CHICAGO (CBS) — It’s a program loved by all who use it.
But its users primarily come from one small section of the city.
That’s why some wonder whether the North Park Village shuttle bus service is a program whose time is up, CBS 2’s Mike Puccinelli reports.
For the past two decades, residents of the senior housing complex in the sprawling North Park Village, 5801 N. Pulaski Rd., have been lining up to board buses that zip them around the 150 acre complex that is home to 550 residents in the Senate and Prete senior housing developments, and more than a few deer.
Residents say the shuttle is a lifeline because the buildings can be as much as 3/4 of a mile from the nearest CTA stop.
“It’s good. It’s very good,” resident Pat Jones said of service that shuttles senior residents from building to building in the sprawling complex five days a week for eight hours a day.
And what’s even better: It’s free.
“I’ve been here for seven years and it’s always been free,” said resident Vally Carr.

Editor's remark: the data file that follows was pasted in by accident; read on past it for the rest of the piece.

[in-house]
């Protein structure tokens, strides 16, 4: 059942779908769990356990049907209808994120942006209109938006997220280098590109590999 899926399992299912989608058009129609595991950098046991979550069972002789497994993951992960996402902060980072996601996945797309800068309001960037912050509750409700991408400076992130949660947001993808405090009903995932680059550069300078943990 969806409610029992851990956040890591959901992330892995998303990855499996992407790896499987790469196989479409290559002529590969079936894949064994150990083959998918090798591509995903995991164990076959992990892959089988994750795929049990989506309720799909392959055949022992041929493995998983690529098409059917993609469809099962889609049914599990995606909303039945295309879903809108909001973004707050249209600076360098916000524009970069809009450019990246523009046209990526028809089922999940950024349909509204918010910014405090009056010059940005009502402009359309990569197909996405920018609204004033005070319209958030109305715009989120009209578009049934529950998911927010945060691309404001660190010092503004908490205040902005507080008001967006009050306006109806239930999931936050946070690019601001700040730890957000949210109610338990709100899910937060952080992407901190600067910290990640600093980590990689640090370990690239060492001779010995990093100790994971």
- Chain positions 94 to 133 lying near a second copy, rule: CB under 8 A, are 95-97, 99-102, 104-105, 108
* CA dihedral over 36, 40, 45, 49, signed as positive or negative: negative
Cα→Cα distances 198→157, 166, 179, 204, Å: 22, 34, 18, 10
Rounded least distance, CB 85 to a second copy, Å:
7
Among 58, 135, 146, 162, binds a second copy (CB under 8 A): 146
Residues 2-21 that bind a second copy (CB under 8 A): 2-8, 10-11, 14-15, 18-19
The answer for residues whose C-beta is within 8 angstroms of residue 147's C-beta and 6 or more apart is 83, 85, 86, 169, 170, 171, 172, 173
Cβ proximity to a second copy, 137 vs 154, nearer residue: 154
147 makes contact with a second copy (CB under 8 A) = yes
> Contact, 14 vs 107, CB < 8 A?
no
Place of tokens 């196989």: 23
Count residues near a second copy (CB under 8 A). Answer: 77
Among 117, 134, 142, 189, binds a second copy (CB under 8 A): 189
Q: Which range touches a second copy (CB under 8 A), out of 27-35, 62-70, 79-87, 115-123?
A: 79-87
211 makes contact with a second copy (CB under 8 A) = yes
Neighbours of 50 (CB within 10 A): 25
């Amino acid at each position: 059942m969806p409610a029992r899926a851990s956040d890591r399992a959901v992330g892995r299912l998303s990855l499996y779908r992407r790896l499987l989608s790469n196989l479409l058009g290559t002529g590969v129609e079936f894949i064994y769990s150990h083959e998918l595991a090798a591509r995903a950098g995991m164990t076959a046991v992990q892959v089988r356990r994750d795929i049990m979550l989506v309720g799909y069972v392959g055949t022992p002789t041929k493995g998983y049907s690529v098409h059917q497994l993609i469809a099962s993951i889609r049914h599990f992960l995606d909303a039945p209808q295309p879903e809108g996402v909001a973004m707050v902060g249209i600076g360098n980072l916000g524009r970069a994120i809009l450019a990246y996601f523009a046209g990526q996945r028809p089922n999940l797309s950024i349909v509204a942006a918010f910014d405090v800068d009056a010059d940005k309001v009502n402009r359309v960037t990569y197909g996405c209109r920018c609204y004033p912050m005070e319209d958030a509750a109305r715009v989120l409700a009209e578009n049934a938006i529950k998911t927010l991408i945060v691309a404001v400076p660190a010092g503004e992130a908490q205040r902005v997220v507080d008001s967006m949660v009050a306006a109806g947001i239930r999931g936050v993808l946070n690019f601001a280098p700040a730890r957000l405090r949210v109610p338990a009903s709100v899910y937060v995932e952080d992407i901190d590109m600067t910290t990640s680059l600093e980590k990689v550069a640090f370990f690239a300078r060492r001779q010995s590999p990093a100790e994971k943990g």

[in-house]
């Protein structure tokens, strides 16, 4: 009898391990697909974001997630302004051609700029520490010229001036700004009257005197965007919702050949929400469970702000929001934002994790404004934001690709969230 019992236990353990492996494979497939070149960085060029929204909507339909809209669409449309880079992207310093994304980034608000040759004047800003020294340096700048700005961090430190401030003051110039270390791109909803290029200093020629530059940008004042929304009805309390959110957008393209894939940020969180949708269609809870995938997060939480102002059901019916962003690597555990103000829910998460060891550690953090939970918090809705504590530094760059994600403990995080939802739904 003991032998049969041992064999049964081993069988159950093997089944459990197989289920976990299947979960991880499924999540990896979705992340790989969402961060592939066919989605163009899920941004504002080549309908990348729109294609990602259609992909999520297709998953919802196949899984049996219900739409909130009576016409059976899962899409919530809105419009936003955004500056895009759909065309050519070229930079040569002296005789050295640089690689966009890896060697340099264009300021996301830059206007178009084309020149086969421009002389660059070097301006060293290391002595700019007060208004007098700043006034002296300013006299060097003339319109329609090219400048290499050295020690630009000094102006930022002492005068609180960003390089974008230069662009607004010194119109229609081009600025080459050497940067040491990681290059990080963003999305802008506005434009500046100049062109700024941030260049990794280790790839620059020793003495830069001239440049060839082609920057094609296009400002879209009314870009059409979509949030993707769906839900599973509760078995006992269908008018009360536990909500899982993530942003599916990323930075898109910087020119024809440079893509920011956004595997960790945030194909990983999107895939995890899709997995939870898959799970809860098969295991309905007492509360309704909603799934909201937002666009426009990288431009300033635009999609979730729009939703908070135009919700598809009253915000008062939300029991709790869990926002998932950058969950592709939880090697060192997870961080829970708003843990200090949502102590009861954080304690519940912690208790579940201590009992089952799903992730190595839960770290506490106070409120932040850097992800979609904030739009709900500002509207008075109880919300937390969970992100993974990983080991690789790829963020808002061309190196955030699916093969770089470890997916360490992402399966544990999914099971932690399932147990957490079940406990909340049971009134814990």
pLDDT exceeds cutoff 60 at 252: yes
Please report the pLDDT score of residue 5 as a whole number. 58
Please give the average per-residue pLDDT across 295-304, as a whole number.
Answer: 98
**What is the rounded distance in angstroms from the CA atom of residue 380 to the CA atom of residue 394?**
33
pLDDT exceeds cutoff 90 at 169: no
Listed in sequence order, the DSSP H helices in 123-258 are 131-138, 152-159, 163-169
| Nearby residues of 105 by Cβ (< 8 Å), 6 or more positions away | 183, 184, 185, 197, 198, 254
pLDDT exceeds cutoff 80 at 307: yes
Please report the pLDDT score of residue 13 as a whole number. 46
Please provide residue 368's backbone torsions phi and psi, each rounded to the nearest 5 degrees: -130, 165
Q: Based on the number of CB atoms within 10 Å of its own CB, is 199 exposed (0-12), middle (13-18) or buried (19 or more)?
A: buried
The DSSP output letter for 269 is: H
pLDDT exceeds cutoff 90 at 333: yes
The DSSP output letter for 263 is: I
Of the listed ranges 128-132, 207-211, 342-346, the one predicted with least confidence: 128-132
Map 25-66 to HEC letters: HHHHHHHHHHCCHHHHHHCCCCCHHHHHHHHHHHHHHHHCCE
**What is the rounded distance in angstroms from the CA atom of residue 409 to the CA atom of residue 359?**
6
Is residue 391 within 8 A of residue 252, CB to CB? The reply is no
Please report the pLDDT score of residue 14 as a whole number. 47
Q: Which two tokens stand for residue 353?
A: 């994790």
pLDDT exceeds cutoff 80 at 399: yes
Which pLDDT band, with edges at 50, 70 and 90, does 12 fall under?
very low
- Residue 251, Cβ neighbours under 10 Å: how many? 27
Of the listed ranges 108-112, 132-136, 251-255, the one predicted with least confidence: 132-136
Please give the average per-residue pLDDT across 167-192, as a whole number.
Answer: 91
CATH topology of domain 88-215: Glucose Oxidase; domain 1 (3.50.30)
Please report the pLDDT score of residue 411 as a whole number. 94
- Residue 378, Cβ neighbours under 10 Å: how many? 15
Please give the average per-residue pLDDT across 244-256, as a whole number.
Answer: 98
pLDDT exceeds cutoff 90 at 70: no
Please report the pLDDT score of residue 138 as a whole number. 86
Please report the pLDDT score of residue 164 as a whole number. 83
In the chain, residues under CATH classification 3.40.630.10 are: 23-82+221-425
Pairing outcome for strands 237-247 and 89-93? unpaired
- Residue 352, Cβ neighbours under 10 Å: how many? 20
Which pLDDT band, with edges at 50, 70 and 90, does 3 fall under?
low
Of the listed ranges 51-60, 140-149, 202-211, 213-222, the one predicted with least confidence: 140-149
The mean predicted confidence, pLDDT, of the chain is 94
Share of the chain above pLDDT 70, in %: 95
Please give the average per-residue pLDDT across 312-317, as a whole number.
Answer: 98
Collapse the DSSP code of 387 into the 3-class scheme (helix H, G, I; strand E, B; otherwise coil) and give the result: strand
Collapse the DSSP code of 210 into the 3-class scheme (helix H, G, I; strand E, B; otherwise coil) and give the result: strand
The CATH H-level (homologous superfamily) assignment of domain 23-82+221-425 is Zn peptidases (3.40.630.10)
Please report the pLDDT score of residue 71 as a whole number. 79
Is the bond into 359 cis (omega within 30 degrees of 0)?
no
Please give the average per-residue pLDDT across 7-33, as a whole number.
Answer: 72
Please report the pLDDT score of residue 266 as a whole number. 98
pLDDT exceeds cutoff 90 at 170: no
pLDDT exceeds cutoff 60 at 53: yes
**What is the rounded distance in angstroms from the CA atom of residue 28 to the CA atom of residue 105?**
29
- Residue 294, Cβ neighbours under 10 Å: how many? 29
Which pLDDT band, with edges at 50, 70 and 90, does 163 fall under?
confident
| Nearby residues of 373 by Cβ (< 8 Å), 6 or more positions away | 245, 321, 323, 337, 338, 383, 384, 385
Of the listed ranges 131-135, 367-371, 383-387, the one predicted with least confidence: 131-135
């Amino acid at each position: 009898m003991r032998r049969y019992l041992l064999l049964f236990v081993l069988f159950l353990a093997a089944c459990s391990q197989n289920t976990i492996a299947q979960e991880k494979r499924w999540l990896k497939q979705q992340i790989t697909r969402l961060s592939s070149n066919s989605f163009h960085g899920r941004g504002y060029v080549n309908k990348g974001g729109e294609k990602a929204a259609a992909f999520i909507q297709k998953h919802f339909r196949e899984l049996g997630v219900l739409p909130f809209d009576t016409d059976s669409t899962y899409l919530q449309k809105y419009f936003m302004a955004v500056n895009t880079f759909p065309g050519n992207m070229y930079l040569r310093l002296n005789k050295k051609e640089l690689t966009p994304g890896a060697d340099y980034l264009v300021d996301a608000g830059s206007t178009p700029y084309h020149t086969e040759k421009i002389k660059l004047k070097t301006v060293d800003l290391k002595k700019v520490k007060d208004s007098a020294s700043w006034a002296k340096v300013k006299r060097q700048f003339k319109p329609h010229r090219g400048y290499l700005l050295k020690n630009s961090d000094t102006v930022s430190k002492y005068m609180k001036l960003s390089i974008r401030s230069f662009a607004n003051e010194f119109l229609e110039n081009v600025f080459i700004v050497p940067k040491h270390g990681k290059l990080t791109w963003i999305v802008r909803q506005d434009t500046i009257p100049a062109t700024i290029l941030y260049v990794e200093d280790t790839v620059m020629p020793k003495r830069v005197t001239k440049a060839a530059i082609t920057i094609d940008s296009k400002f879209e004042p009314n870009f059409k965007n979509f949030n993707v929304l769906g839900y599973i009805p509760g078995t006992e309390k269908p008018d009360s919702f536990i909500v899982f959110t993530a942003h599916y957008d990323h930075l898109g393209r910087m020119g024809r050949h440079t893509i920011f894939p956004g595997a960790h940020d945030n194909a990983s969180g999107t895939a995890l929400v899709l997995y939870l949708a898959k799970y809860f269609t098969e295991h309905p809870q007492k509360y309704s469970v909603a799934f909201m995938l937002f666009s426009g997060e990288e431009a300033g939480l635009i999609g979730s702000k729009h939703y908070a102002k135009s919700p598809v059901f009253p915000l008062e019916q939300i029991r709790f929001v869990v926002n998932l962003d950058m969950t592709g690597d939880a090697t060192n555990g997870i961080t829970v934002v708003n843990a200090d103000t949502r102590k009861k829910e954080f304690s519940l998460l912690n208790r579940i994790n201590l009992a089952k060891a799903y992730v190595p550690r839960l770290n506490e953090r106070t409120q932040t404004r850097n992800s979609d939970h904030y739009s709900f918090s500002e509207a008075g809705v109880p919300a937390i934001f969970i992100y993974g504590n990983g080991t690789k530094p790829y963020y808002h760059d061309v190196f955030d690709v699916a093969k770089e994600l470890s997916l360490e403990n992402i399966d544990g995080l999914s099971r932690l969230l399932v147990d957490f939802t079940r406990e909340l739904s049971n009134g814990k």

Whether it’s summer, winter, fall or spring, the senior shuttle is always there making its short loop around North Park Village over and over again.
Over the past 13 years, Lucille Hickey has come to depend on the service.
“It’s great. When it snows and it’s icy, we wouldn’t be able to go out,” said Hickey.
But what’s free for the low-income residents comes at a considerable cost for the city.
CBS 2 estimates that the service has cost taxpayers more than $1.5 million over the past two decades when you add up salary, fuel, maintenance and equipment costs.
CBS 2 asked Ald. Margaret Laurino (39th) for comment but she wasn’t available. But some of the users credit her for supporting the program.
“She’s the one that keeps the bus going,” said Jones.
A city spokesman responded with a written statement that said in part that the shuttle bus at North Park Village is consistent with the city’s mission to enhance the quality of life for Chicago’s seniors.
Still, tax watchdogs aren’t sure the city can afford the senior shuttle.
“This is a laudable program but can we maintain something like this at this scale?” wondered Illinois Campaign for Political Reform Executive Director Cindi Canary.
Canary said she thinks this is one of the many programs that mayor-elect Rahm Emanuel and the new city council will have to look at as they attempt to fill a massive budget hole.
She predicts that there will have to be widespread cutting and scaling back of programs that have long been cherished by those who use them.
CBS 2 Political Producer Ed Marshall contributed to this report.